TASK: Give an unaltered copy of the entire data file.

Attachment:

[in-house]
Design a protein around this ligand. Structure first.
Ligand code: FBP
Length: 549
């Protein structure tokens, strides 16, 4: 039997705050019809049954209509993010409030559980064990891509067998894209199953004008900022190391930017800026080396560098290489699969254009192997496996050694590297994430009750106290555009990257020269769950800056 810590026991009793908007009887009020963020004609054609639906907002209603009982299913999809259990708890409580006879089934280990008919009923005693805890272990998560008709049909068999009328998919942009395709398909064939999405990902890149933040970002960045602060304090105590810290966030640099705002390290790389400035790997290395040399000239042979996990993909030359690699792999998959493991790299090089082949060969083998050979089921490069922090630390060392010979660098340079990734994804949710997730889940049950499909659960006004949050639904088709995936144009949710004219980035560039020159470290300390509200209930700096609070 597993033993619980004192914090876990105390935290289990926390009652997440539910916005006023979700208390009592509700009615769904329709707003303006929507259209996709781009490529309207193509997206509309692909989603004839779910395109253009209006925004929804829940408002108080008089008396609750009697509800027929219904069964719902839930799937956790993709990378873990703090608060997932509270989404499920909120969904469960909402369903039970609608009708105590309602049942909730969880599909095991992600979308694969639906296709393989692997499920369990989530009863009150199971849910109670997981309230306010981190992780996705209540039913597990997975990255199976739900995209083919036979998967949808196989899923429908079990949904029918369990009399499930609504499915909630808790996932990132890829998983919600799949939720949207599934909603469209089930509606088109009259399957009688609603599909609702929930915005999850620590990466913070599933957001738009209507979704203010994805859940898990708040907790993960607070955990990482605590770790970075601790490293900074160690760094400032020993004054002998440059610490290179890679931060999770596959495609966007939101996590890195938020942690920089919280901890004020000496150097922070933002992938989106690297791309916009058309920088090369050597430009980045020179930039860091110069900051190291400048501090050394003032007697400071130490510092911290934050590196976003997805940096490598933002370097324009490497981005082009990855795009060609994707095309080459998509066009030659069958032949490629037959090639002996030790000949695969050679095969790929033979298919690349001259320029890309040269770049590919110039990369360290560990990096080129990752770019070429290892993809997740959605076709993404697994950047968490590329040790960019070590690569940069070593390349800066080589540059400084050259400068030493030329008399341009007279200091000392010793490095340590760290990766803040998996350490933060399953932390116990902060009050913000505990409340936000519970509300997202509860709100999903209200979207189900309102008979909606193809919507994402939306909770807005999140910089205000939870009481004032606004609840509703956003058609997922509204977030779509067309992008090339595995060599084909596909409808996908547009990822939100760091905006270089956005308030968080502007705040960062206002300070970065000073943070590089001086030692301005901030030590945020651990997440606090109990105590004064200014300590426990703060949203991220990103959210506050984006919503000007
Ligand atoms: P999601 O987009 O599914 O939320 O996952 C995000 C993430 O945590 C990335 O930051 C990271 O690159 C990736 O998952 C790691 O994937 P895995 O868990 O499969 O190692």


[in-house]
Design a protein around this ligand. Structure first.
Ligand code: FBP
Length: 549
């Protein structure tokens, strides 16, 4: 039997705050019809049954209509993010409030559980064990891509067998894209199953004008900022190391930017800026080396560098290489699969254009192997496996050694590297994430009750106290555009990257020269769950800056 810590026991009793908007009887009020963020004609054609639906907002209603009982299913999809259990708890409580006879089934280990008919009923005693805890272990998560008709049909068999009328998919942009395709398909064939999405990902890149933040970002960045602060304090105590810290966030640099705002390290790389400035790997290395040399000239042979996990993909030359690699792999998959493991790299090089082949060969083998050979089921490069922090630390060392010979660098340079990734994804949710997730889940049950499909659960006004949050639904088709995936144009949710004219980035560039020159470290300390509200209930700096609070 597993033993619980004192914090876990105390935290289990926390009652997440539910916005006023979700208390009592509700009615769904329709707003303006929507259209996709781009490529309207193509997206509309692909989603004839779910395109253009209006925004929804829940408002108080008089008396609750009697509800027929219904069964719902839930799937956790993709990378873990703090608060997932509270989404499920909120969904469960909402369903039970609608009708105590309602049942909730969880599909095991992600979308694969639906296709393989692997499920369990989530009863009150199971849910109670997981309230306010981190992780996705209540039913597990997975990255199976739900995209083919036979998967949808196989899923429908079990949904029918369990009399499930609504499915909630808790996932990132890829998983919600799949939720949207599934909603469209089930509606088109009259399957009688609603599909609702929930915005999850620590990466913070599933957001738009209507979704203010994805859940898990708040907790993960607070955990990482605590770790970075601790490293900074160690760094400032020993004054002998440059610490290179890679931060999770596959495609966007939101996590890195938020942690920089919280901890004020000496150097922070933002992938989106690297791309916009058309920088090369050597430009980045020179930039860091110069900051190291400048501090050394003032007697400071130490510092911290934050590196976003997805940096490598933002370097324009490497981005082009990855795009060609994707095309080459998509066009030659069958032949490629037959090639002996030790000949695969050679095969790929033979298919690349001259320029890309040269770049590919110039990369360290560990990096080129990752770019070429290892993809997740959605076709993404697994950047968490590329040790960019070590690569940069070593390349800066080589540059400084050259400068030493030329008399341009007279200091000392010793490095340590760290990766803040998996350490933060399953932390116990902060009050913000505990409340936000519970509300997202509860709100999903209200979207189900309102008979909606193809919507994402939306909770807005999140910089205000939870009481004032606004609840509703956003058609997922509204977030779509067309992008090339595995060599084909596909409808996908547009990822939100760091905006270089956005308030968080502007705040960062206002300070970065000073943070590089001086030692301005901030030590945020651990997440606090109990105590004064200014300590426990703060949203991220990103959210506050984006919503000007
Ligand atoms: P999601 O987009 O599914 O939320 O996952 C995000 C993430 O945590 C990335 O930051 C990271 O690159 C990736 O998952 C790691 O994937 P895995 O868990 O499969 O190692």